Police are on increased alert after the Manchester bomb attack

Petřín Tower to light up in solidarity

Czech Police will be on heightened security following an explosion at the end of an Ariana Grande concert in Manchester, England. A suicide bomber killed 22 people and injured 59, and the event is considered a terrorist attack. Police in the UK have arrested a 23-year-old man in connection with the incident.

In a show of solidarity, the City of Prague will light the Petřín Lookout Tower in the colors of the United Kingdom. The gesture is meant to show that people will not be intimidated by fanaticism. City Councilor Jan Wolf, who spoke regarding the tower lighting, said that the bomb attack was cowardly and despicable. He also expressed condolences for the victims.

“Europe in these times must clearly demonstrate the power to maintain moral unity and show that we won't live in constant fear of terrorism. Thus, members of the Prague City Council have decided to light the Petřín Tower as a symbolic gesture in this situation,” Wolf said. Other Prague and Czech politicians also expressed solidarity and condolences.

Prague Police will once again be patrolling the main tourist areas and other strategic sites with assault rifles and shotguns, as they did following other similar incidents.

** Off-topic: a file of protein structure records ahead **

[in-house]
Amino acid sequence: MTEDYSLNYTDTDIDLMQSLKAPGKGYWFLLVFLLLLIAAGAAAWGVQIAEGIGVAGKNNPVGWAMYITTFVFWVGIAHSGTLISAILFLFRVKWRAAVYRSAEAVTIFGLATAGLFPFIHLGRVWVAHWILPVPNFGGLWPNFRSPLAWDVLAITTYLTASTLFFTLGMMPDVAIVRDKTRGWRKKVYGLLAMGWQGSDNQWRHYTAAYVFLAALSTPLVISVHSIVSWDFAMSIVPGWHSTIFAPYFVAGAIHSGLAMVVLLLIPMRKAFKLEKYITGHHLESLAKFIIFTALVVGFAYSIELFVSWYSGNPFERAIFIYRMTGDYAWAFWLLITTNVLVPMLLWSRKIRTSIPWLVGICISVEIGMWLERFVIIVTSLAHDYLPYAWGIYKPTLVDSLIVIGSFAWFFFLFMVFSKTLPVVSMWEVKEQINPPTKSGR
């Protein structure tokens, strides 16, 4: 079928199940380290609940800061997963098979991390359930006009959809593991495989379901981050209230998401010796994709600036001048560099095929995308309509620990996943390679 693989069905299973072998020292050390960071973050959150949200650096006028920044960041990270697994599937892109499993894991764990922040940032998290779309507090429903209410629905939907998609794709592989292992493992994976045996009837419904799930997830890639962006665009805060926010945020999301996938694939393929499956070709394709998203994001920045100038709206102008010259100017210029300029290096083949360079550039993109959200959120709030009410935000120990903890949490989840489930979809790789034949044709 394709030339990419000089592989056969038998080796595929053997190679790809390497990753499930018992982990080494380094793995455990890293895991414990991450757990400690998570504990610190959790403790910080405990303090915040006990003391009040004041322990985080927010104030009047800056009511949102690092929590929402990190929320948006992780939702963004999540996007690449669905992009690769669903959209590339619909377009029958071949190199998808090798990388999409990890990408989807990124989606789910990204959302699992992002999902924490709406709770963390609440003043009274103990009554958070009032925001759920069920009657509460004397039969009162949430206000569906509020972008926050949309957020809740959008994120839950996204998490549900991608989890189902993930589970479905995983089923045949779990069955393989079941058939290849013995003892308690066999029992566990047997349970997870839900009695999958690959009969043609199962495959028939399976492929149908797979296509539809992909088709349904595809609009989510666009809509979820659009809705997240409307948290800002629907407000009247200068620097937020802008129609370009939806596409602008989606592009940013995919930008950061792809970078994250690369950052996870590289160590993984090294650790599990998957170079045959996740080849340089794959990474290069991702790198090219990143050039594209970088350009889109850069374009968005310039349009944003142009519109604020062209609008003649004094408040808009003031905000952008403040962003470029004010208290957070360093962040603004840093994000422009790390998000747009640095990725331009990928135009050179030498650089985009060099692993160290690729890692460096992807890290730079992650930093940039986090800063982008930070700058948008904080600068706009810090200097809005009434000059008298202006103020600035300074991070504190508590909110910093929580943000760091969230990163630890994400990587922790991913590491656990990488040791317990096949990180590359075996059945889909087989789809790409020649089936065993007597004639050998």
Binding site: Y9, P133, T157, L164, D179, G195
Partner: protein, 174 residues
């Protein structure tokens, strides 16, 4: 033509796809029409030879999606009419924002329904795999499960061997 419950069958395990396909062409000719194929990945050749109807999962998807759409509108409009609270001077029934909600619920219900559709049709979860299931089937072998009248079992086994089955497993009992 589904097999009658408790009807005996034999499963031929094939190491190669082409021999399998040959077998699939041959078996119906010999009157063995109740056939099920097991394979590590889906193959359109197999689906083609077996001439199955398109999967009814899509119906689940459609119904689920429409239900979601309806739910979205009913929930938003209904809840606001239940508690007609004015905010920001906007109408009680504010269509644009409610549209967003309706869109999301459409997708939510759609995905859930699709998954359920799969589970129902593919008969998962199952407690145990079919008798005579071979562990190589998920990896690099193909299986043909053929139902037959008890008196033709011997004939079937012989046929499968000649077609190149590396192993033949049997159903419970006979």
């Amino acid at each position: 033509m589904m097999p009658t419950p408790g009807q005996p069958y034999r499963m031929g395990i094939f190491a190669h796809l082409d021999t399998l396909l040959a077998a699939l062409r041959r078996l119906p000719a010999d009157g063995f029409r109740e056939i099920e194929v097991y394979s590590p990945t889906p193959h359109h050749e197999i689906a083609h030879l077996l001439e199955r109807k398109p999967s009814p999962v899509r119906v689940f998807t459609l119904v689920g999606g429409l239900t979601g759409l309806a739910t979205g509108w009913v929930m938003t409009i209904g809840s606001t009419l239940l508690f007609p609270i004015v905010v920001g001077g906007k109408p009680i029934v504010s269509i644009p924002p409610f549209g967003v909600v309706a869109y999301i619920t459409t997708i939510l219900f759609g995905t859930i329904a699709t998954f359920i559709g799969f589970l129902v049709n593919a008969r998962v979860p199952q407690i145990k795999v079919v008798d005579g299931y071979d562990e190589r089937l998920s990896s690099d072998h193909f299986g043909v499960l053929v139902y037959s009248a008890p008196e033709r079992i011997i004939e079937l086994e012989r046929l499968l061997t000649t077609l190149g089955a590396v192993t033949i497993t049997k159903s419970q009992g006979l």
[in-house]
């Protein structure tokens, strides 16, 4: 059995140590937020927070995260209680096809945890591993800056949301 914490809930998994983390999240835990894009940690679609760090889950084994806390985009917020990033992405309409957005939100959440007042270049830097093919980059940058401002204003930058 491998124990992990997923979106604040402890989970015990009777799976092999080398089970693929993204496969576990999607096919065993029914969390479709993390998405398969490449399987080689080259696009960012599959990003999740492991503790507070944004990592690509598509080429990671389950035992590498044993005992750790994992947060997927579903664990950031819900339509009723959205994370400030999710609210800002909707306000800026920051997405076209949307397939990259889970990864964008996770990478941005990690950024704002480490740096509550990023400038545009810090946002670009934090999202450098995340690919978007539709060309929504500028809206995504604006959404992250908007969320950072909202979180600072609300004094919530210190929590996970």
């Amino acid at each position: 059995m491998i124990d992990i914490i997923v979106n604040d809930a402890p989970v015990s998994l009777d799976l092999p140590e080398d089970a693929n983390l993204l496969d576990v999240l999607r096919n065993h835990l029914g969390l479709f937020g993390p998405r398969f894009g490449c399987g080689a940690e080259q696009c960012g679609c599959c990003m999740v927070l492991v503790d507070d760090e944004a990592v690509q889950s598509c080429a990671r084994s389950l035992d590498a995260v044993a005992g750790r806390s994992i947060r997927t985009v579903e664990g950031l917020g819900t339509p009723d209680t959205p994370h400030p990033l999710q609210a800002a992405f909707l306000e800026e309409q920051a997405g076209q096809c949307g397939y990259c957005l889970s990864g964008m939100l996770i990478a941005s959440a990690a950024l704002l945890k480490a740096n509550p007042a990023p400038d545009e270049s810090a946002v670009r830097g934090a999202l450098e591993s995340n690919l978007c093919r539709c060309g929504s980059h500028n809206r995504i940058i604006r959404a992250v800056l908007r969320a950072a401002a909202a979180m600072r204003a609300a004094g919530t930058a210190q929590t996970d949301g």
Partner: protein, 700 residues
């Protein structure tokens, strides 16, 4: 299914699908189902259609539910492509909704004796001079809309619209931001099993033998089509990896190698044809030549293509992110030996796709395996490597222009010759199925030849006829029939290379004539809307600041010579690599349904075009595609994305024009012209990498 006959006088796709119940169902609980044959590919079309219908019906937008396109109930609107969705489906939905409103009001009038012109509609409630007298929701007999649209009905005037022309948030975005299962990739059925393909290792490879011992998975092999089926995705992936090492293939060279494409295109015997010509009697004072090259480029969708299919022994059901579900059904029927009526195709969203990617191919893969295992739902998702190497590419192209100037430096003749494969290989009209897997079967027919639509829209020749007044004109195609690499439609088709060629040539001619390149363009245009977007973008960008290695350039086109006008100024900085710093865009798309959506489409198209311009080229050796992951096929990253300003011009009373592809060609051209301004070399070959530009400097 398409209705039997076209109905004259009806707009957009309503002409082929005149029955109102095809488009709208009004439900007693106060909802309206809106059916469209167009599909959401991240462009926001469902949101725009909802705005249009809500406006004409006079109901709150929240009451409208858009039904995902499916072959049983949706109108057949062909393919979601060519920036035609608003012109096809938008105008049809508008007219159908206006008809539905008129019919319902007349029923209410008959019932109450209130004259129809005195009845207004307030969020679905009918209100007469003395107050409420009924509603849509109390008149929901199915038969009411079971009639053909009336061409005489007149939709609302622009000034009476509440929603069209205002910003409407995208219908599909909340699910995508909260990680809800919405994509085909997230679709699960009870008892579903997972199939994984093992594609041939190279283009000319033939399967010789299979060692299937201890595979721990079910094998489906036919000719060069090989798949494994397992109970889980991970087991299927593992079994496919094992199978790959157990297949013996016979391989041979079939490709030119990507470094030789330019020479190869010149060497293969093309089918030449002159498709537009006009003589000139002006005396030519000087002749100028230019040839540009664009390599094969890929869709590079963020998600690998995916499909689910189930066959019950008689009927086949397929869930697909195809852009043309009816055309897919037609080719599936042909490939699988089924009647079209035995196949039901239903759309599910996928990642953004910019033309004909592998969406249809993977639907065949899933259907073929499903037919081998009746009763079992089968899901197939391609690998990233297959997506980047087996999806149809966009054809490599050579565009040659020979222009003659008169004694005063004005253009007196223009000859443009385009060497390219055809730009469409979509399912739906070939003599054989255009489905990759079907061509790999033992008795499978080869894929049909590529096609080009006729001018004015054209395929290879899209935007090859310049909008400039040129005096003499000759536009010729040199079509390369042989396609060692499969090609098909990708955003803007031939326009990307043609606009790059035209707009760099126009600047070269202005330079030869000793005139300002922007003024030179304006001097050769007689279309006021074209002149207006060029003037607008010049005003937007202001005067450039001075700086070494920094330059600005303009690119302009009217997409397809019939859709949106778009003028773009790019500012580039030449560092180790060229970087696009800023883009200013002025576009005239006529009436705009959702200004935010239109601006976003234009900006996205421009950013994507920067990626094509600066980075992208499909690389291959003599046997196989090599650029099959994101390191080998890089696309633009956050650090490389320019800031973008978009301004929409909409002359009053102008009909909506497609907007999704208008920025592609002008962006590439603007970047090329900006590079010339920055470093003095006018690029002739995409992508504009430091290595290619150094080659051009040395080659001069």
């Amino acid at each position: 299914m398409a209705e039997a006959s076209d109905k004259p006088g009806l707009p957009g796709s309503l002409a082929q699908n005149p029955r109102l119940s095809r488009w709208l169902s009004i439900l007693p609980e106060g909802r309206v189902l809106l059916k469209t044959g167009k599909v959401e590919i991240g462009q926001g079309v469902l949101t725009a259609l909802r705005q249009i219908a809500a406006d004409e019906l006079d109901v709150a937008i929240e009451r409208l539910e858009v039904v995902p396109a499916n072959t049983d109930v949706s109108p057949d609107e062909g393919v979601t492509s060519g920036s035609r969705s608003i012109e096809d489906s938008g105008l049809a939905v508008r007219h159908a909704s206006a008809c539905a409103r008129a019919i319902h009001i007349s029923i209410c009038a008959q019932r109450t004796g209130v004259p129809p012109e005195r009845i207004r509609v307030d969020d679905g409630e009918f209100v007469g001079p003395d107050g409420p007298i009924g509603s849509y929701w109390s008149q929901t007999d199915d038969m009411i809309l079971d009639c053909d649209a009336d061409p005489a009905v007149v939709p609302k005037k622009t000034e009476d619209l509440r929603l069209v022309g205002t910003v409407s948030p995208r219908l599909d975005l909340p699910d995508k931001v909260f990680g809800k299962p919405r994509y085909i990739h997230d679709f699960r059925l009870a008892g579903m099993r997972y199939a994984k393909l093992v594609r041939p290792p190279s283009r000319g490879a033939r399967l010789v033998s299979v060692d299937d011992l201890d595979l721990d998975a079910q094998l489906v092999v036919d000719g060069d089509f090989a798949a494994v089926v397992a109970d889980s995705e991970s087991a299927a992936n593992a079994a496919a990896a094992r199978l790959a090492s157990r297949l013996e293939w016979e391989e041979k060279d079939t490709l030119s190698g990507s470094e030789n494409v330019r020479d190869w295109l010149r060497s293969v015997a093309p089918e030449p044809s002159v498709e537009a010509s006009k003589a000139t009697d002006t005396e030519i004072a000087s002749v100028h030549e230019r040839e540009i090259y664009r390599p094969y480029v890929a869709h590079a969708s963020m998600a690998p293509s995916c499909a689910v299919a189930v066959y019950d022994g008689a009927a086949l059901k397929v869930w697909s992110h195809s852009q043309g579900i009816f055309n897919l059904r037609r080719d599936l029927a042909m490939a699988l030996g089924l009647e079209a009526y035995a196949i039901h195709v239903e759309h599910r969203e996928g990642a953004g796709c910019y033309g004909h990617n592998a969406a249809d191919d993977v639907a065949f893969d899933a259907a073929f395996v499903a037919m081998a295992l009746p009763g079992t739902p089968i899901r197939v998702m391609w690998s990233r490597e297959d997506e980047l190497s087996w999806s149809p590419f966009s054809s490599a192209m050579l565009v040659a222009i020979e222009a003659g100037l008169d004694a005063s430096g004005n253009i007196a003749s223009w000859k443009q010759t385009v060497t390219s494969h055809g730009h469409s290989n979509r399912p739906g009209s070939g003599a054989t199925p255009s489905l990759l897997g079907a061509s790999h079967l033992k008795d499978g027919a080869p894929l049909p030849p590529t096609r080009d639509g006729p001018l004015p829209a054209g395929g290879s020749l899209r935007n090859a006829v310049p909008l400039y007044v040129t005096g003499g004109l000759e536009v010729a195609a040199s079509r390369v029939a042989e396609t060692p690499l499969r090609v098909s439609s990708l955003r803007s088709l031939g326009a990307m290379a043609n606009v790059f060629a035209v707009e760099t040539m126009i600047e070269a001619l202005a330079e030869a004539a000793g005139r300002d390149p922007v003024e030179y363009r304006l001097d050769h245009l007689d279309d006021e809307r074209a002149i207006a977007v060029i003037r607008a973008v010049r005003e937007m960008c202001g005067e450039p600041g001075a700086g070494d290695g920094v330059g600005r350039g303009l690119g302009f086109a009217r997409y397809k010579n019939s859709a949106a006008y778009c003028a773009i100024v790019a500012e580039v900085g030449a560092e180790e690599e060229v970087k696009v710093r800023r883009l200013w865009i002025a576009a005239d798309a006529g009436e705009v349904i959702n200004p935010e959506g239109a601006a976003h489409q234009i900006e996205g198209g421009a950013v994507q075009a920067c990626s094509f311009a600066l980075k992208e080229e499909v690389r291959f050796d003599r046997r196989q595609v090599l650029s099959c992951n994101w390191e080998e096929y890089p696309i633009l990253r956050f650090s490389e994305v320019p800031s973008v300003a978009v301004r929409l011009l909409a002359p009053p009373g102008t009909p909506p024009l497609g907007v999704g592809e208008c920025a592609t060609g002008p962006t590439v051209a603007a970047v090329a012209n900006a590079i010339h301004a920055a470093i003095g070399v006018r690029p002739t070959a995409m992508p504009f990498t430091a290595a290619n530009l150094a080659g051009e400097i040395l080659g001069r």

Jan Daněk of the Prague police headquarters said that there were no unusual signs of immediate danger. “At the moment we have no indication that would suggest any specific threat,” he said.

No planned events are being canceled, but visitors might experience more security at cultural events and should plan for longer lines to get in to some venues. There will be more emphasis on safety, especially with events that involve pyrotechnics.

Event organizers will have standard contact with the police, who will playing a more active role in event security. A helpline has been established for event organizers to directly get in touch with police concerning safety issues for planned events.

On the Czech Police website, a statement by spokesman Jozef Bocán said that the police were on a first stage of alert for terrorism, out of a zero to four ranking system introduced at the start of last year, with four being the most severe. “Czech Police have been in communication with their partners abroad. Currently, we do not have information that the Czech Republic is in danger,” he said.

“In the event of a change in the security situation, we are ready to respond,” he said.

The police will be paying attention to 600 soft targets across the country that have previously been identified.

The full police statement, including the hotline number for event organizers, can be seen here: www.policie.cz

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